The Tribunal considers the meaning of 'power' over documents
An interesting case has just been heard by the First-tier Tribunal ('FTT'). The FTT held that a taxpayer had documents in its 'power', for the purposes of Section 20 Taxes Management Act 1970 (now repealed), despite not holding them or having a legally enforceable right to them.
This was on the basis that HMRC had established a prima facie case that a third party would have given the documents to the taxpayer if a request had been made and the taxpayer had failed to demonstrate that such a request would be refused. (HMRC v. Parissis & Ors  UKFTT 218).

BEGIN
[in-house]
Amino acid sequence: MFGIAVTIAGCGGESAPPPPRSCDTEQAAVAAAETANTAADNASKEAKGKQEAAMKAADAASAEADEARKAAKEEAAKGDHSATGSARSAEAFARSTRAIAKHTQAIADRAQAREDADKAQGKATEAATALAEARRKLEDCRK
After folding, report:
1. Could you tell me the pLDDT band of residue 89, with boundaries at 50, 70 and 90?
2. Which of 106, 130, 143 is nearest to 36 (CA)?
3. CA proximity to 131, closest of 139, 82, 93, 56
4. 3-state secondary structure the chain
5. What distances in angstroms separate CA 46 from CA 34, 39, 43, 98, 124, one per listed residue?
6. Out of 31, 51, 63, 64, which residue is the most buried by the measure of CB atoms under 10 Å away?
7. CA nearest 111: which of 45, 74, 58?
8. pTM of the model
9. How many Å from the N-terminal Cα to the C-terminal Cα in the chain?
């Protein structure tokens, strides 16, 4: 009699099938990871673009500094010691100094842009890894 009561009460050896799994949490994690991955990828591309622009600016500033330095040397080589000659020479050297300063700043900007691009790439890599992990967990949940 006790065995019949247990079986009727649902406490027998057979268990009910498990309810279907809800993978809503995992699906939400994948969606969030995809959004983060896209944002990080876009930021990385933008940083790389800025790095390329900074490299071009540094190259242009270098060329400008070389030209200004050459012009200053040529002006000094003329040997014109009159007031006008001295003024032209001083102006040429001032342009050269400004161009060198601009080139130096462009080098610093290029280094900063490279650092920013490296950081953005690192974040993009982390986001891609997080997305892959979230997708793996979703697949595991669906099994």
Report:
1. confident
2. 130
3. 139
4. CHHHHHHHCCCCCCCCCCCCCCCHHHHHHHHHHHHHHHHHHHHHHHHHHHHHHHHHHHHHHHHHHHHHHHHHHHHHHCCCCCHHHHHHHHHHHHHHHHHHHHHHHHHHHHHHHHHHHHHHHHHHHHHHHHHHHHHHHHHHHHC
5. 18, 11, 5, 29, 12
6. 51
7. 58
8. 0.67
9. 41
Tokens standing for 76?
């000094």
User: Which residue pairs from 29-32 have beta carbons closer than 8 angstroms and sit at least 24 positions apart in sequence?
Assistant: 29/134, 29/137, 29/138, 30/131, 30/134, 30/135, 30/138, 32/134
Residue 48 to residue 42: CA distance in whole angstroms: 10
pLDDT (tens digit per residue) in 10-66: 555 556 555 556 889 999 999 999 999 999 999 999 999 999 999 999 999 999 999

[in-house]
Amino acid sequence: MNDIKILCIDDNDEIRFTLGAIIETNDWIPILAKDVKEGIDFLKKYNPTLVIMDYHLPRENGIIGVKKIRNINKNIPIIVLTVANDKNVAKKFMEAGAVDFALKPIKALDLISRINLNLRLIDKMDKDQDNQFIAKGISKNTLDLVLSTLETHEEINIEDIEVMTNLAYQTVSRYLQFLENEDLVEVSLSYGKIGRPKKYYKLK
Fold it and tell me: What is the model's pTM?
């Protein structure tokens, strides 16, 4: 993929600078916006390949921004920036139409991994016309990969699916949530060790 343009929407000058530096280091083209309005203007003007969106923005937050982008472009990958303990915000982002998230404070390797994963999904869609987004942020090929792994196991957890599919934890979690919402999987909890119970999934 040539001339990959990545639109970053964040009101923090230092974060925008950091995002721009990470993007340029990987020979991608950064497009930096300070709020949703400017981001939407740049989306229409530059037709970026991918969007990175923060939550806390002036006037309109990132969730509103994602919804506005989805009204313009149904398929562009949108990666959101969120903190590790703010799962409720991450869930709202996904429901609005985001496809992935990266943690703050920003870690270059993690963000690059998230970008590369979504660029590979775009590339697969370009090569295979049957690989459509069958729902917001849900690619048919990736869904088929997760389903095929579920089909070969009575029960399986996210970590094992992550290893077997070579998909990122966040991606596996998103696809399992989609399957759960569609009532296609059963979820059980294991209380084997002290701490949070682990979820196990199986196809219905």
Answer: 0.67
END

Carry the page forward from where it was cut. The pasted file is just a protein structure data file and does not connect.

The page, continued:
This decision is significant because the category of documents that the taxpayer may have to produce to HMRC when they exercise their information powers (see now Schedule 36 FA 2008) is wider than the test laid out in Lonhro Limited v. Shell Petroleum  1 WA 627. In that case, the House of Lords held that 'power' meant a presently enforceable legal right to obtain the document without obtaining anyone's consent. According to the FTT, however, documents are within a taxpayer's power if a taxpayer could obtain them by requesting them from another person, even if that person has a legal right to refuse the request. This is an important decision in this area of the law.